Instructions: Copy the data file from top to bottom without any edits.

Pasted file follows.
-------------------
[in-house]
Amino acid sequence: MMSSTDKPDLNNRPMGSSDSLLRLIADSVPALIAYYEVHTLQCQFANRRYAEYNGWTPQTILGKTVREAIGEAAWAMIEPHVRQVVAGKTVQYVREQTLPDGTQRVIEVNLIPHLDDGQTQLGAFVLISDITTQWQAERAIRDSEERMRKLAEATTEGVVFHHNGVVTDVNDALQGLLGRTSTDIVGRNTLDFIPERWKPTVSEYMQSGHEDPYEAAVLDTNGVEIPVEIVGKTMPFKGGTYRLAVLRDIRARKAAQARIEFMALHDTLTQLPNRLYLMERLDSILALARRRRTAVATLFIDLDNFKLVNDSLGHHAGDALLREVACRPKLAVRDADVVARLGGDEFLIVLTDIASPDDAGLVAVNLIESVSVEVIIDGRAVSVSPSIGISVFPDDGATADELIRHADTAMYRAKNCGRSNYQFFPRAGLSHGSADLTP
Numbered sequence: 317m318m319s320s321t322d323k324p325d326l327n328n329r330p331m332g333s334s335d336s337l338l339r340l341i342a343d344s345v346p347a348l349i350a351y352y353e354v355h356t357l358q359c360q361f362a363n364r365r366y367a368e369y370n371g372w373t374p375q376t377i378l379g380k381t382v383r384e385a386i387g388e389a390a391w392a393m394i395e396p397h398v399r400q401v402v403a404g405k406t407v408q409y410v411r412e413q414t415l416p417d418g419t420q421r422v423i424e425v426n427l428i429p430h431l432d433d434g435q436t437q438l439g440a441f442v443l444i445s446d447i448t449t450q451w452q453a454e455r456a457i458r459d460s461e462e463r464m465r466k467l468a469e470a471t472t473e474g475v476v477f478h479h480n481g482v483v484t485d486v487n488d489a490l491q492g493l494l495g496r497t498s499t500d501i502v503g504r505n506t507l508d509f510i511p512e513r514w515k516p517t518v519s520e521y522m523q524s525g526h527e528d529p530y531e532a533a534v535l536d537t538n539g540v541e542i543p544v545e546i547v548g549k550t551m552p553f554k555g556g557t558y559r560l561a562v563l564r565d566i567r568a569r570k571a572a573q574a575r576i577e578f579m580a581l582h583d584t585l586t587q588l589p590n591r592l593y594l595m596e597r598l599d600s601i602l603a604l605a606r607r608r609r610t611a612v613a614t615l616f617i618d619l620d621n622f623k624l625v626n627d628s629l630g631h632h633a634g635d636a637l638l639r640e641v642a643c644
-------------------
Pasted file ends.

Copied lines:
[in-house]
Amino acid sequence: MMSSTDKPDLNNRPMGSSDSLLRLIADSVPALIAYYEVHTLQCQFANRRYAEYNGWTPQTILGKTVREAIGEAAWAMIEPHVRQVVAGKTVQYVREQTLPDGTQRVIEVNLIPHLDDGQTQLGAFVLISDITTQWQAERAIRDSEERMRKLAEATTEGVVFHHNGVVTDVNDALQGLLGRTSTDIVGRNTLDFIPERWKPTVSEYMQSGHEDPYEAAVLDTNGVEIPVEIVGKTMPFKGGTYRLAVLRDIRARKAAQARIEFMALHDTLTQLPNRLYLMERLDSILALARRRRTAVATLFIDLDNFKLVNDSLGHHAGDALLREVACRPKLAVRDADVVARLGGDEFLIVLTDIASPDDAGLVAVNLIESVSVEVIIDGRAVSVSPSIGISVFPDDGATADELIRHADTAMYRAKNCGRSNYQFFPRAGLSHGSADLTP
Numbered sequence: 317m318m319s320s321t322d323k324p325d326l327n328n329r330p331m332g333s334s335d336s337l338l339r340l341i342a343d344s345v346p347a348l349i350a351y352y353e354v355h356t357l358q359c360q361f362a363n364r365r366y367a368e369y370n371g372w373t374p375q376t377i378l379g380k381t382v383r384e385a386i387g388e389a390a391w392a393m394i395e396p397h398v399r400q401v402v403a404g405k406t407v408q409y410v411r412e413q414t415l416p417d418g419t420q421r422v423i424e425v426n427l428i429p430h431l432d433d434g435q436t437q438l439g440a441f442v443l444i445s446d447i448t449t450q451w452q453a454e455r456a457i458r459d460s461e462e463r464m465r466k467l468a469e470a471t472t473e474g475v476v477f478h479h480n481g482v483v484t485d486v487n488d489a490l491q492g493l494l495g496r497t498s499t500d501i502v503g504r505n506t507l508d509f510i511p512e513r514w515k516p517t518v519s520e521y522m523q524s525g526h527e528d529p530y531e532a533a534v535l536d537t538n539g540v541e542i543p544v545e546i547v548g549k550t551m552p553f554k555g556g557t558y559r560l561a562v563l564r565d566i567r568a569r570k571a572a573q574a575r576i577e578f579m580a581l582h583d584t585l586t587q588l589p590n591r592l593y594l595m596e597r598l599d600s601i602l603a604l605a606r607r608r609r610t611a612v613a614t615l616f617i618d619l620d621n622f623k624l625v626n627d628s629l630g631h632h633a634g635d636a637l638l639r640e641v642a643c644